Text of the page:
New TV Needed

Gotcha. Yeah, the menu is a little sluggish, and I’ve got arrow keys instead of a keyboard which just adds to the annoyance. Still, I like saving money. It was an extra $100+ to get a smart TV at the time, or an extra $30 for a smart Blu Ray. Seemed like a no-brainer.

Sure, if you actually watch movies on physical discs like a caveman!

Thats cool, I did look for that online as it looks great.

One thing thats is still different over here in the UK is TV size, 28" used to big now most have 36" - 50" but asking 10 people at work today only 1 had 50" and most were 40" or under. Really big TV’s while here are not that popular yet but as more people replace their tv’s I am sure 50" will become the norm.

Hopefully I will pick something up this weekend but even choosing one I shall want to physically see it so have a few stores locally I can do that and then decide

I think that TV sets tend to be bigger on average in North America due to the bigger house sizes. This translates into the need for a bigger screen to maintain immersion at a longer viewing distance. I was perfectly happy with my old 46" TV when I was only sitting 6’ from it, but it seemed pretty small in my new house’s basement with the 13’ viewing distance. One of those viewing distance site calculators indicated I should go for 70" or bigger, but I’m not made of money!

Have you gone to one of those calculators and punched in your numbers? You might be surprised.

Lounge is 30ft by 12ft. The view is across the room so no more than 10ft maybe closer to 8ft. I used to watch Tv on my 26" tv when I moved in here :D

LOL - a caveman, I am.

I’m not going to lie, I went for a cheap brand this time. I stare at TVs all day at work and generally recommend Samsung and Vizio, but ended up with an Element. I guess I just don’t see the difference as really being huge anymore under HD content and I don’t sit in front of the TV that much anyway. $250 for a 40" 1080p LED seemed like a good idea. I guess if it fails early I’ll learn my lesson.

We’ve had our 42" Insignia TV (Best Buy brand) for about a year, still works great. A discerning eye can see the digital artifacts on these cheap TV’s, but for general viewing, they’re fine.

The difference between the insignia and elements and the vizio is that according to all the reviews, the vizio actually has an objectively high quality picture. It’s not just cheap, it’s a good deal.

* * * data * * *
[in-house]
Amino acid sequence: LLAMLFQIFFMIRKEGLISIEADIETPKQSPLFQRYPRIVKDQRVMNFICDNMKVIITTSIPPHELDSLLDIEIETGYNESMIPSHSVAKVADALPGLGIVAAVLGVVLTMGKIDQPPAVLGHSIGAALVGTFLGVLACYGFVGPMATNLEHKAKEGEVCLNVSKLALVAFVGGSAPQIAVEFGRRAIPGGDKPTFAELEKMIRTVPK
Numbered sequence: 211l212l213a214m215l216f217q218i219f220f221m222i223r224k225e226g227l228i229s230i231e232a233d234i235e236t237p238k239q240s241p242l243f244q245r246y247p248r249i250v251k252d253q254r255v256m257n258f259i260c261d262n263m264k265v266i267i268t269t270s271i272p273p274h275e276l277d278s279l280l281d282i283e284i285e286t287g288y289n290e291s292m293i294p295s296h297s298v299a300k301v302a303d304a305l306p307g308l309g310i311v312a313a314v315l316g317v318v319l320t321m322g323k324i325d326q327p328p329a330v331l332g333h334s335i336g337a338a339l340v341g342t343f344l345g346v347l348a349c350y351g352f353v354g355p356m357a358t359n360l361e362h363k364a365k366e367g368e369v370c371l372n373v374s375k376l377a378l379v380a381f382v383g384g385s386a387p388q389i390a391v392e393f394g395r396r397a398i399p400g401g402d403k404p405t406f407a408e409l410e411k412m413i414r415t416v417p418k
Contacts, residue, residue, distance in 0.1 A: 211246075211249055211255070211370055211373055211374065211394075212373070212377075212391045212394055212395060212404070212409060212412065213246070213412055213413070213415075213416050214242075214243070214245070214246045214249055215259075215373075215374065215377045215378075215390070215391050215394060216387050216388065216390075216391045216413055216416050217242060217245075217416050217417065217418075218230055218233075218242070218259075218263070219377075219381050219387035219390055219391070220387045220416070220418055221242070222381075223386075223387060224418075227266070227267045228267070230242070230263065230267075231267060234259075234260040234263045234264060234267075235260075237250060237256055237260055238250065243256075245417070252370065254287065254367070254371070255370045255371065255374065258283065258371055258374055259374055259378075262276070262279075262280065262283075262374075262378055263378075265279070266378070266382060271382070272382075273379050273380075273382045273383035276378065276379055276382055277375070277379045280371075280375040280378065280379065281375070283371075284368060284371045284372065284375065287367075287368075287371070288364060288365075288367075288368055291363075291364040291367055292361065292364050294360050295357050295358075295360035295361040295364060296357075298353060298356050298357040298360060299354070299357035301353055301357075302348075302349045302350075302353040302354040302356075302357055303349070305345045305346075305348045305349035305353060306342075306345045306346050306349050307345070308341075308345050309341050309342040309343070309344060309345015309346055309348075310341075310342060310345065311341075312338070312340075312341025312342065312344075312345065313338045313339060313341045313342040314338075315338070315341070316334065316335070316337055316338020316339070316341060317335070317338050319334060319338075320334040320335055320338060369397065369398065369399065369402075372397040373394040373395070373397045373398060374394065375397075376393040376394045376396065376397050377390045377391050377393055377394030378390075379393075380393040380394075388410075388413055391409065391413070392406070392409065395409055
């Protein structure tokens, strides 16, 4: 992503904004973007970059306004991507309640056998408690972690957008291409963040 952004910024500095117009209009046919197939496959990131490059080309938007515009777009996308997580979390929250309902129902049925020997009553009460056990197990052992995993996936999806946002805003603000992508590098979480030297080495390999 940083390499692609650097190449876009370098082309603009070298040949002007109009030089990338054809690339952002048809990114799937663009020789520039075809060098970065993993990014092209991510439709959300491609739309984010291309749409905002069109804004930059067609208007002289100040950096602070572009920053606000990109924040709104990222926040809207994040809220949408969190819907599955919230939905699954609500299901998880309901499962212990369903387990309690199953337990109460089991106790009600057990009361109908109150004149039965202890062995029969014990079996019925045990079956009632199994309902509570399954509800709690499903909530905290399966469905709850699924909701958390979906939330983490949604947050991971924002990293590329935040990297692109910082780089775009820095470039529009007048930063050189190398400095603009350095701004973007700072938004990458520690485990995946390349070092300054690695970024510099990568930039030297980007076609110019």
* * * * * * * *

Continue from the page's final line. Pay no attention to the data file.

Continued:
Like the el-cheapo korean monitors in that thread-- they also have great pictures. IPS displays, very sharp, gorgeous. Unlike the vizios here, they’re grey-market off-brand imports, so some of the displays have defects, so the analogy isn’t perfect. But if you get a good one, it will look just as good as a dell monitor costing 3x as much. And if you don’t, the defects are usually very hard to notice anyway, so it’s a gamble.

Much as I like Wirecutter, I have to say that one of the last TVs in the world I would buy is their top pick, the Sony X900B series. It’s a great looking LCD TV, but encumbered by those worthless, huge speakers, expensive, and using tech that will age badly compared to upcoming TVs.

They also recommended a 1024x768 model for their “$500 TV” for quite a long time. That was batshit crazy.

I’m all for that effective resolution and viewing distance stuff, but I’m not going to buy a TV that isn’t even 720p, no matter how great its picture quality is.

I chose a UK-based viewing distance calculator for you, and according to this, from 8’ you should get a 60" set, and for 10’ you should get over 65". Of course your wife would probably strike you down instantly for even suggesting it, so blame the site and not me! As for your previous 26" set, as far as I’m concerned, that’s a computer monitor size only suitable for spreadsheets and the occasional word processing task ;)

I can’t wait for easy to wear and high resolution VR-type goggles / glasses to exist at a reasonable price. Then we can throw these giant glass rectangles out for good, and get a virtual set the size of a movie theatre screen. I wonder what the paired watching experience is like with something like that, since I am almost always sitting next to my wife when watching TV or a movie.

Of course you can get a smaller TV, those are simply the sizes you should purchase to get the full benefit of a 1080p image. I wouldn’t purchase larger than recommended, as with 20/20 vision you’ll start seeing pixels, and the field of view gets too wide giving a front seat of a movie theater feeling.

Most people actually sit ~9 feet from their TV, and that site doesn’t even go that high!

Most people actually sit ~9 feet from their TV, and that site doesn’t even go that high!

Have you been in a British living room? I sit maybe 5’ from mine.

lol, well mine is around 10ft but i think it really depends if you have a lounge or a lounge/diner in 1.

Really? That’s tiny. I sat 6’ from my TV in my old ridiculously small manhattan apartment, and I didn’t have room for a coffee table. When I opened up the couch bed for visitors, it touched the TV. You must be in London.

Edit: And from your profile you are indeed in London. Perils of urban life!

To be fair, my sofa is unusually close to the TV to accommodate a dining room table that’s probably too large for the room, but even so, there aren’t many flats I’ve lived in where I’ve been more than 6-7 feet from the TV.

Your parents out in the suburbs sit 6’ from their TV also? If not, seems like an urban thing, not a british thing.

Sure, but Britain is a very urban country, and urban houses/flats there are typically much smaller than in non-Manhattan America. And, at least in my experience, even bigger suburban houses tend to favour more over larger rooms, relative to the US. My relatives in the States have much, much bigger living rooms than my parents have had.

It’s important to maintain a safe viewing distance from your telly in case the penguin explodes.